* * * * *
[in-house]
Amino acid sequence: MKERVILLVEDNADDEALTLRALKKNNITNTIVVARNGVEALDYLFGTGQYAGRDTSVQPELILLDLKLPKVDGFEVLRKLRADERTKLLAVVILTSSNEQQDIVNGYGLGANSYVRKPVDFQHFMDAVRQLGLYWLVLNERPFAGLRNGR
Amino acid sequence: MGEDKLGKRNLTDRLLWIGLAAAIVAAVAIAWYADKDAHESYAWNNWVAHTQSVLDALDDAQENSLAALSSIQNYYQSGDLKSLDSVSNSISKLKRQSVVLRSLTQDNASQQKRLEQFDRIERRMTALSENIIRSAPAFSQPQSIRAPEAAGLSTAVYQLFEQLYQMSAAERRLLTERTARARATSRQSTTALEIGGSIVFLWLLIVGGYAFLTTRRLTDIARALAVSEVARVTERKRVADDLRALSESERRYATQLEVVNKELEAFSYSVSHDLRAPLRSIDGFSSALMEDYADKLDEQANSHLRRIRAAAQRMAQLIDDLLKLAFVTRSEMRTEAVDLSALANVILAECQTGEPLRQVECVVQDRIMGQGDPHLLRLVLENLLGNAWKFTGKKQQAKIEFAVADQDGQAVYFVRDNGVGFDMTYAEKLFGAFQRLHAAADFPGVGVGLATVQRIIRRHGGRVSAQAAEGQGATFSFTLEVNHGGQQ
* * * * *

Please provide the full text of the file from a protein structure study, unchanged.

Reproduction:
[in-house]
Amino acid sequence: MKERVILLVEDNADDEALTLRALKKNNITNTIVVARNGVEALDYLFGTGQYAGRDTSVQPELILLDLKLPKVDGFEVLRKLRADERTKLLAVVILTSSNEQQDIVNGYGLGANSYVRKPVDFQHFMDAVRQLGLYWLVLNERPFAGLRNGR
Amino acid sequence: MGEDKLGKRNLTDRLLWIGLAAAIVAAVAIAWYADKDAHESYAWNNWVAHTQSVLDALDDAQENSLAALSSIQNYYQSGDLKSLDSVSNSISKLKRQSVVLRSLTQDNASQQKRLEQFDRIERRMTALSENIIRSAPAFSQPQSIRAPEAAGLSTAVYQLFEQLYQMSAAERRLLTERTARARATSRQSTTALEIGGSIVFLWLLIVGGYAFLTTRRLTDIARALAVSEVARVTERKRVADDLRALSESERRYATQLEVVNKELEAFSYSVSHDLRAPLRSIDGFSSALMEDYADKLDEQANSHLRRIRAAAQRMAQLIDDLLKLAFVTRSEMRTEAVDLSALANVILAECQTGEPLRQVECVVQDRIMGQGDPHLLRLVLENLLGNAWKFTGKKQQAKIEFAVADQDGQAVYFVRDNGVGFDMTYAEKLFGAFQRLHAAADFPGVGVGLATVQRIIRRHGGRVSAQAAEGQGATFSFTLEVNHGGQQ